With many media websites calling the Ben Affleck and Jennifer Garner marriage a “fairytale” it is a bit shocking that the big news today is that the couple are to divorce. The only question remaining, is who will get Jimmy Kimmel? Garner and Affleck have been married for 10 years, they celebrated their anniversary on Monday, and on Tuesday released a statement that “after much consideration” they are ending one of the most talked about marriages in recent history.
The two met on the set of the 2003 film Daredevil, where they worked together and then married in June 2005. The Gone Girl star has had three children with the Men, Women & Children star; two girls and a boy, Violet, Seraphina and Samuel, and it could be said that they share another “dependent,” 47 year-old Jimmy Kimmel.
Although to be fair Kimmel probably belongs more to Affleck than Jennifer despite her playing along with the gag in the Handsome Men’s Club skit for Jimmy’s ABC show:
After the Handsome Men’s Club, Affleck and Jimmy got together to film a response to old pal Sarah Silverman’s gag video with Matt Damon, Ben’s BFF and brunt of Kimmel’s long running “out of time” schtick. The musical number “I’m F***ing Ben Affleck” response to “I’m F***ing Matt Damon” (with it’s star studded chorus and curious lack of Jennifer Garner) may hold a hint as to why the couple’s 10 year marriage has ended:
The video may also present some clue as to who will get Jimmy. It is pretty clear that the two men are very simpatico and more likely to “hook up” now that Jennifer is out of the picture. The first video though shows that Garner has a sense of humor, unfortunately however, her acumen at picking funny roles is fatally off, witness the Disney flop Alexander and the Terrible, Horrible, No Good, Very Bad Day.
On the more serious side of the very sad news that Garner and Ben will no longer be a couple, the two have asked for a little distance from the press in regards to their children’s privacy during their mutual decision to divorce.
Last year the Argo star and director reacted angrily to rumors that all was not well in his marriage and it can be understood that this was more for the children than for either Ben or Jennifer. The two are grownup people who entertain for a living and both have a delicious sense of humor, Jennifer surprisingly so, which most likely went a long way to keeping their union solid for the decade long marriage.
One thing is for certain, if things get ugly between Garner and Affleck in the coming months, her lawyer may be singing, “I’m f***ing Ben Affleck.” Jennifer can provide the choral backup. On the flip side, this could be a Kimmel prank…Couldn’t it?
This 2004 very British Zombie film took the world by storm. Shaun of the Dead was even featured in Scream 4 as part of the film’s beginning – two characters were watching the movie on television while “ghost face” was busy murdering victim number three. Watching the movie on DVD and then listening to the commentary later with Simon Pegg and Edgar Wright, feels a little like England revisited.
Of course the first thing that anyone will notice while listening to the commentary by Pegg and Wright, is the cleverness of the script and all the ways the film ties into foreshadowing at the start of the movie by Ed. The other thing is how typically English the film and the commentators are.
Watching the film back when it first came out on DVD, my daughter and I became instant life-long fans of Pegg, Wright, Nick Frost and the movie. It is so English in its depiction of just how your average Brit would react to a zombie apocalypse. So much so that you can smell the tea and scones whilst watching it.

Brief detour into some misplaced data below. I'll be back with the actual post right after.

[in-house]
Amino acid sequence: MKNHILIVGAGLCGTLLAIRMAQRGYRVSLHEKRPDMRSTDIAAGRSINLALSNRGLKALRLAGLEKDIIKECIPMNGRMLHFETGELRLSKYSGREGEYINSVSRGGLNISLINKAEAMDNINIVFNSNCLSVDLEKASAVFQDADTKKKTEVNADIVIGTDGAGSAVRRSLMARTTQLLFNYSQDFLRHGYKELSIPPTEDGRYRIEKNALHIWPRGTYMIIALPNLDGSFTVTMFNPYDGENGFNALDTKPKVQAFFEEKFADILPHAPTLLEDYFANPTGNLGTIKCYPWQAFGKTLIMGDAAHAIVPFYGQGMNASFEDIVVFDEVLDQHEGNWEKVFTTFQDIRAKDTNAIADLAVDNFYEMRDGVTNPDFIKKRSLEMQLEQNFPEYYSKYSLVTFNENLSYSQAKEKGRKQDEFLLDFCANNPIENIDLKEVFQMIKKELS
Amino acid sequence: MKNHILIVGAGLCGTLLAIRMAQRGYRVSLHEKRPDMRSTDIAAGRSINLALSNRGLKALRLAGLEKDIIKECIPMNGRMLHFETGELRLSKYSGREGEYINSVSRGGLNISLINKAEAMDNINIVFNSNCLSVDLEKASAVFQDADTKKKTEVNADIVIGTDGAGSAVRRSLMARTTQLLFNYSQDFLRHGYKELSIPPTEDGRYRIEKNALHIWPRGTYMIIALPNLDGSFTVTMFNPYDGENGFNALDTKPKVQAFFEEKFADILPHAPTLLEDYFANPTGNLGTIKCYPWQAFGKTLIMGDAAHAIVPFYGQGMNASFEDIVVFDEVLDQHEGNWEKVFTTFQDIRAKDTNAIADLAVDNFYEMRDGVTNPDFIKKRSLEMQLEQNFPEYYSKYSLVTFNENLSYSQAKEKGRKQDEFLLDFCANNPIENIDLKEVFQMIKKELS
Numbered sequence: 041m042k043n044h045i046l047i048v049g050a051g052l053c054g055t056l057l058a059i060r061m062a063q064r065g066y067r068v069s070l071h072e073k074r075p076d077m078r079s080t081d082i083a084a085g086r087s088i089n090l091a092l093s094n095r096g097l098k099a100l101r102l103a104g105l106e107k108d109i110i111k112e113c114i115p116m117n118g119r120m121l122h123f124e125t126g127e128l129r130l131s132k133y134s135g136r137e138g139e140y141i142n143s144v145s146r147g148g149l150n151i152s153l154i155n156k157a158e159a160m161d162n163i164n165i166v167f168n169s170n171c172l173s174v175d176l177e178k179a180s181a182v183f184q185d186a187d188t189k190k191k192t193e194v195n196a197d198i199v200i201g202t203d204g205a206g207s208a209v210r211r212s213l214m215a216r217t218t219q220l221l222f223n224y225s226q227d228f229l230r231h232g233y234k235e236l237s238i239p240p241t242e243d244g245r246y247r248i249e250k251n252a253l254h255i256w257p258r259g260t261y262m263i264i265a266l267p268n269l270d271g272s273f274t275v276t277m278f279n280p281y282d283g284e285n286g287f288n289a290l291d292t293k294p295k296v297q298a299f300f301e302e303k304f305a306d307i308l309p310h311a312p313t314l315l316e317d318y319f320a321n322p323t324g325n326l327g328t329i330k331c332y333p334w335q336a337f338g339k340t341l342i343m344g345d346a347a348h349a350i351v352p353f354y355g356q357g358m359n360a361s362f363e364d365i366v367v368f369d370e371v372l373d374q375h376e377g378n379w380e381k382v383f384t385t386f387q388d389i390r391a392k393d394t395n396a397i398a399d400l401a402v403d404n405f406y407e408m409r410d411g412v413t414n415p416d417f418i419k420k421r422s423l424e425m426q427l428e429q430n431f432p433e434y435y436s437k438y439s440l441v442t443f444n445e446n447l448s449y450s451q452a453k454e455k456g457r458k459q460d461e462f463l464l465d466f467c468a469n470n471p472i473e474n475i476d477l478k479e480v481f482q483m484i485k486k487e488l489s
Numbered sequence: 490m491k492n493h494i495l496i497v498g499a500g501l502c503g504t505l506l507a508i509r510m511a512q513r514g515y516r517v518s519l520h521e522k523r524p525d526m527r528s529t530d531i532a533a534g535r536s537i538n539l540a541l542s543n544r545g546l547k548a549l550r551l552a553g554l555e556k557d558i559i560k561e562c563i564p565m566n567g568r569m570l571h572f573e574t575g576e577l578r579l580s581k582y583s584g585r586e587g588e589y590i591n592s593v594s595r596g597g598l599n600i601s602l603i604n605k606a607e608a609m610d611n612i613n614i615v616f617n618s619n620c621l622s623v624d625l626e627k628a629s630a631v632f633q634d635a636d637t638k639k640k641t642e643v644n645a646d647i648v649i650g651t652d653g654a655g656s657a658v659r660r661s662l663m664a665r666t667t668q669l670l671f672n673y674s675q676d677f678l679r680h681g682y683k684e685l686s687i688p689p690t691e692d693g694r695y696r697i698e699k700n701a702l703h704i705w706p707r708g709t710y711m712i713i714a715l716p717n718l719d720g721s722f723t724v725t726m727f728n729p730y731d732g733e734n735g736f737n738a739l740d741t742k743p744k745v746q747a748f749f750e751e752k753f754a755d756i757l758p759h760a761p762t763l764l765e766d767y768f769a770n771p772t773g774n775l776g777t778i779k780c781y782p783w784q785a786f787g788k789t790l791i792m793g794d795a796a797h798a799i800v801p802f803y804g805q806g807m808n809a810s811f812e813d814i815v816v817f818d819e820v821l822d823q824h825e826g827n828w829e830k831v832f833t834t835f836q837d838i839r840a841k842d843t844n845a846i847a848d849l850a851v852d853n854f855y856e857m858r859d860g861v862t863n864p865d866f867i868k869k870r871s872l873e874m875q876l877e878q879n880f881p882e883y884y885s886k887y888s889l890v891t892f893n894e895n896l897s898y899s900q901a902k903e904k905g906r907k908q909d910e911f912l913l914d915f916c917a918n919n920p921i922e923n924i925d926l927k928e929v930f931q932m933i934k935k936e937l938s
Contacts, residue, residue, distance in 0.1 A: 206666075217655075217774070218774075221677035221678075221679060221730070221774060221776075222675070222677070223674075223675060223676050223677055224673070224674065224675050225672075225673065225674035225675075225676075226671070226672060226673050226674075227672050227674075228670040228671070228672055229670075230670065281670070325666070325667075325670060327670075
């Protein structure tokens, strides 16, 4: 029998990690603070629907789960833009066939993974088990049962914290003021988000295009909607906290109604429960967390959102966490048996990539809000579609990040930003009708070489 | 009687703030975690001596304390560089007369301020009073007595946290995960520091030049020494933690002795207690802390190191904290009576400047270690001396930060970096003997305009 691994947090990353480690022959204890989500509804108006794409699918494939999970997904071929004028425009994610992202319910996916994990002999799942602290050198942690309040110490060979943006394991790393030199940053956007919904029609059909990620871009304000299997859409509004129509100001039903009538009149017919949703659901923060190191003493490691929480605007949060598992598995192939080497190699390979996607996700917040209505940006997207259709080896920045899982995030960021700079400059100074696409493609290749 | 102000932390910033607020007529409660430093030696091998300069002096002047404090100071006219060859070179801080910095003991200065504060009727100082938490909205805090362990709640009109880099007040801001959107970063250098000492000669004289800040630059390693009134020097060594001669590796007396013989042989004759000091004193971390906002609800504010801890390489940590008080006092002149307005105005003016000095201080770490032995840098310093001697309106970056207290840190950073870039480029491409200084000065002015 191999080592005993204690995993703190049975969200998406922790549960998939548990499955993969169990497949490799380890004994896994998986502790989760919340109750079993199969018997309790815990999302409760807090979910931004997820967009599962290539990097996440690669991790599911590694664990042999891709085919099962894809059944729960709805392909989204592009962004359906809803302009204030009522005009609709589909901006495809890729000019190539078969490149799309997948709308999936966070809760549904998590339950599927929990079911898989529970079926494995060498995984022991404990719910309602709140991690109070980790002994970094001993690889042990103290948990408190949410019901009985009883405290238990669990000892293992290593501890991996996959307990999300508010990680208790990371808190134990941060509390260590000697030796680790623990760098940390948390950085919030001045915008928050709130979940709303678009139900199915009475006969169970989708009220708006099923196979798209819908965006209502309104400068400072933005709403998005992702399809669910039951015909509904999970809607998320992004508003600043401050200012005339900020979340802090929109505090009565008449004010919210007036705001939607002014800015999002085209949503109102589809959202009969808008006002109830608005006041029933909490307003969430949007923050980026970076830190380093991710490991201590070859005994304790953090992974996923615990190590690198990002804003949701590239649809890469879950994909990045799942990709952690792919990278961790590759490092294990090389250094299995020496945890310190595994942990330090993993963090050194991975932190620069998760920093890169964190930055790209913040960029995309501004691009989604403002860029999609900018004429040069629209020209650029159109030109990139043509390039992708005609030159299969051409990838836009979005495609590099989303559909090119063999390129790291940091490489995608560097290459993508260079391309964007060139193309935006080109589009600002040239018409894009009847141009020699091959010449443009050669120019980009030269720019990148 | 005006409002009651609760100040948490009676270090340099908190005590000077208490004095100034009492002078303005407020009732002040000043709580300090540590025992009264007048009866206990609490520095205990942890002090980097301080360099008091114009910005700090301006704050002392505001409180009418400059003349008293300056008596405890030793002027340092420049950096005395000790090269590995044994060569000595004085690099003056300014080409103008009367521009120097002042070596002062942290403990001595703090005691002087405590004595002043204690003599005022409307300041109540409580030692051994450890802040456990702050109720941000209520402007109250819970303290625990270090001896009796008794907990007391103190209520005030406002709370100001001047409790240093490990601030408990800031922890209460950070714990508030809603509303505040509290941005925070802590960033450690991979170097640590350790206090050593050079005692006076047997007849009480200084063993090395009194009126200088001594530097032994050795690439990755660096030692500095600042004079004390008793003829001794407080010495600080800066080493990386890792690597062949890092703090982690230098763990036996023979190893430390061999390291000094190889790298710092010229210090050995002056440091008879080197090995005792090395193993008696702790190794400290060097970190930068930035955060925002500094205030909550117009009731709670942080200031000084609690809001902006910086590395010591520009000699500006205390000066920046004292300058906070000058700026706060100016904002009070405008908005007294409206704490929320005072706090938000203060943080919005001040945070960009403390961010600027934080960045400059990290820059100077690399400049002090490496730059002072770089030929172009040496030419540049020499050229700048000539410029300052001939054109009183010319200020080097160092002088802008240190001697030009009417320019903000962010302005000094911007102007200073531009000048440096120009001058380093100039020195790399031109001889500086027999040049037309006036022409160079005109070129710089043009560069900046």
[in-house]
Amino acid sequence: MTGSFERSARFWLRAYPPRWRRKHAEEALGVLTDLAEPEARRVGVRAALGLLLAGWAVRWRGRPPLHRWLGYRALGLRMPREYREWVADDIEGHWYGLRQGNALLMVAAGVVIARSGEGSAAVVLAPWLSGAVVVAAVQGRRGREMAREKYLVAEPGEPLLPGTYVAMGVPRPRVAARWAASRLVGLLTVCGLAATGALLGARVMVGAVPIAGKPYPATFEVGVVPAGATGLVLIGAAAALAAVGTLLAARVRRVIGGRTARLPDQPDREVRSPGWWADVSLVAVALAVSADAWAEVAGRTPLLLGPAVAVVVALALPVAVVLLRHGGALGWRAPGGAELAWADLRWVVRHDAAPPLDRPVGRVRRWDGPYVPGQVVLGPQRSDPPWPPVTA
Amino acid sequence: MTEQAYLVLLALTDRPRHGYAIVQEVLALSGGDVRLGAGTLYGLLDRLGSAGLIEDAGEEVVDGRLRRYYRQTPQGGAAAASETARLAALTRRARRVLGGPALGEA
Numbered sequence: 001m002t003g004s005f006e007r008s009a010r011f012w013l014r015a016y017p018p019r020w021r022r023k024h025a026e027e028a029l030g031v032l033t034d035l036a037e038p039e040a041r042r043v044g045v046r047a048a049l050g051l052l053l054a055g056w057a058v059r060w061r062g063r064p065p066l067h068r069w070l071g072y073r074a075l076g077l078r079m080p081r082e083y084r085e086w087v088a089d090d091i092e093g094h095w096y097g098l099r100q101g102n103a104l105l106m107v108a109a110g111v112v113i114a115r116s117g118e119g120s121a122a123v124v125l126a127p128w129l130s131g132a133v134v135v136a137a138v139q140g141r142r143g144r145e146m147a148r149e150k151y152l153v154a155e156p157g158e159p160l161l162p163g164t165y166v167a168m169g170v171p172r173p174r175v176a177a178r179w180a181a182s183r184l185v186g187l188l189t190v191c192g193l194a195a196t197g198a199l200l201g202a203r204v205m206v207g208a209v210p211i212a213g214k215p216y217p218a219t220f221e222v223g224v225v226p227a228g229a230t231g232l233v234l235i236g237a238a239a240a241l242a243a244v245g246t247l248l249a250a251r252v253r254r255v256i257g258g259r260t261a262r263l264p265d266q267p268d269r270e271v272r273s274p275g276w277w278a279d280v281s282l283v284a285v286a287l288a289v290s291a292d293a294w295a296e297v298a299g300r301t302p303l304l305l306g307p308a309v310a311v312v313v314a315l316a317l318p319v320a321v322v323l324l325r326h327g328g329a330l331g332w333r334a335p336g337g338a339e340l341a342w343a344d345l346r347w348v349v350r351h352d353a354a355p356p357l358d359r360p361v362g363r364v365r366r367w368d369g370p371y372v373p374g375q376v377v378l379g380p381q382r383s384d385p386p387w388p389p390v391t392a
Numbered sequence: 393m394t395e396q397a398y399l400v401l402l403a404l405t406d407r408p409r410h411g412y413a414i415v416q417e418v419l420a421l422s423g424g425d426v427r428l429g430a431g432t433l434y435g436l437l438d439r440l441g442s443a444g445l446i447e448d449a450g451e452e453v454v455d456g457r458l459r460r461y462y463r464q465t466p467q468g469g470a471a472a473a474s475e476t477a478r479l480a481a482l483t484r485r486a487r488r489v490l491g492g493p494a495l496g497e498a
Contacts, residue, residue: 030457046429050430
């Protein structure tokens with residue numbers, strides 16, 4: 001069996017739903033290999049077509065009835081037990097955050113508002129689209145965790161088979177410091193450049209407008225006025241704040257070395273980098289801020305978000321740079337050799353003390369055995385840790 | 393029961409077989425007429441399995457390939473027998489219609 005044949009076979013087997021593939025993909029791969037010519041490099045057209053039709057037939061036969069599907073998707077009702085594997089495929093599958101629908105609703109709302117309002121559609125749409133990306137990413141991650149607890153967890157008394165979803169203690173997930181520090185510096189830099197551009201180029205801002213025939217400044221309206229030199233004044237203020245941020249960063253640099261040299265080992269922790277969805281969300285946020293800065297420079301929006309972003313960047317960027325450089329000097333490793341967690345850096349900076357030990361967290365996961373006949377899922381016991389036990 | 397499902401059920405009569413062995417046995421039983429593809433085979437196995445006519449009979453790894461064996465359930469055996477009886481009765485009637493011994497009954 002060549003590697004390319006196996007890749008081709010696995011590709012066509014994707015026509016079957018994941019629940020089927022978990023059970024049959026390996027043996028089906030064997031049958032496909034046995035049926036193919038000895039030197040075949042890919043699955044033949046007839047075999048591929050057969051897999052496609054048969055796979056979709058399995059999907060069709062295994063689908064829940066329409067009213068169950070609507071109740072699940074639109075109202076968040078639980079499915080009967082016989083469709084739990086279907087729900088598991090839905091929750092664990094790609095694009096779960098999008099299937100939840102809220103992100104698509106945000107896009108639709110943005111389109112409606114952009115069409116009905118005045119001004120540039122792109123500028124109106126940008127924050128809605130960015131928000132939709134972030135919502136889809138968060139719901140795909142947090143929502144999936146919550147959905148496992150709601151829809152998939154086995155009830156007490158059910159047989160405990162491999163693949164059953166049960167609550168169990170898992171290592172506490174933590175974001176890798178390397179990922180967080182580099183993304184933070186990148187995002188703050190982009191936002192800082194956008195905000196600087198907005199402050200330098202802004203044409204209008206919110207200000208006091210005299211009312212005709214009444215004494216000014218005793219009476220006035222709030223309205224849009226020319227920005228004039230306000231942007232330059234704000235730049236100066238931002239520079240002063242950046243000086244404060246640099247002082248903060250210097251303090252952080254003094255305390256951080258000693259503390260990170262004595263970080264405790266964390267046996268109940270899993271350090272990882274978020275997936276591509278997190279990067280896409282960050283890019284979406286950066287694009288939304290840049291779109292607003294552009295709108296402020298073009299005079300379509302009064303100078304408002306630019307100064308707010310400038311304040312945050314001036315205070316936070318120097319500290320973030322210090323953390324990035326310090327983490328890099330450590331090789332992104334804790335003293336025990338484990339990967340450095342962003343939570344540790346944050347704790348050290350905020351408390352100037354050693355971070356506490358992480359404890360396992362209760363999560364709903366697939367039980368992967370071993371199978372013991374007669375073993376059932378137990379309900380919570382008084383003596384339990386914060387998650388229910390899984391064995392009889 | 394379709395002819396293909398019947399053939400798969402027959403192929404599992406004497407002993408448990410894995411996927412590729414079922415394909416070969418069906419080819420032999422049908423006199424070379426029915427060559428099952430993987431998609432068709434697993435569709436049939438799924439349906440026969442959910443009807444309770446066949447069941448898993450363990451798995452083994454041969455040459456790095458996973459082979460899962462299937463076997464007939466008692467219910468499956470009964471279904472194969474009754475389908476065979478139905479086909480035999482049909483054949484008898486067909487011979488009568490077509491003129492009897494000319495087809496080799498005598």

This first offering in the “cornetto trilogy” set the tone for the remaining films. Each very English in nature and featuring the three men who have worked together since Spaced. Sadly of all the commentaries available on the DVD, the trio do not comment together.
But, for a real feel of England, listen to the the Pegg/Wright track and then the cast commentary. The former is quite amusing, “you love men,” however, with two stand up comedians in the mix, Irish comic Dylan Moran and Pegg the color provided by the actors is very, very funny and very, very British.
While both may confuse non-English fans with references that are as typically tea and scone-ish as Shaun of the Dead, for those who are more familiar with the vernacular and the humor, these commentaries are as enjoyable as the film.
Listening to all the actors doing their impression of the great Bill Nighy is among the many highlights of the running chat during the film. Doing their “luvey” discussions (comically) about why “acting is so tiring” and “don’t talk to me about emoting,” and the chuckles just don’t stop.
If you find that sort of thing funny.
I myself do and admittedly the thing I miss most about my home of almost 32 years is the humor. Perhaps the thing that kept me coming back to work everyday at HMP & YOI Warren Hill (the prison that was my workplace for 10 years) was the ability of my coworkers and colleagues to make me laugh on a very regular basis.
Maybe it is living with the abysmal English weather that makes the average Brit so able to see the funny or sarcastic side of everything. Don’t get me wrong, the British sense of humor can be rough, even sadistic.
When the shuttle exploded killing all 7 astronauts on board, a popular short joke that made the rounds was, “What do astronauts like to drink? Seven-up.”
That is the least offensive of the jokes that were passed around at the local.
British humor is, for the most part, easily accepted across the pond here in the US. Although some English gags are so topical that no one apart from a resident of that country can understand them. American humor, for some reason, does not always go over well in the UK.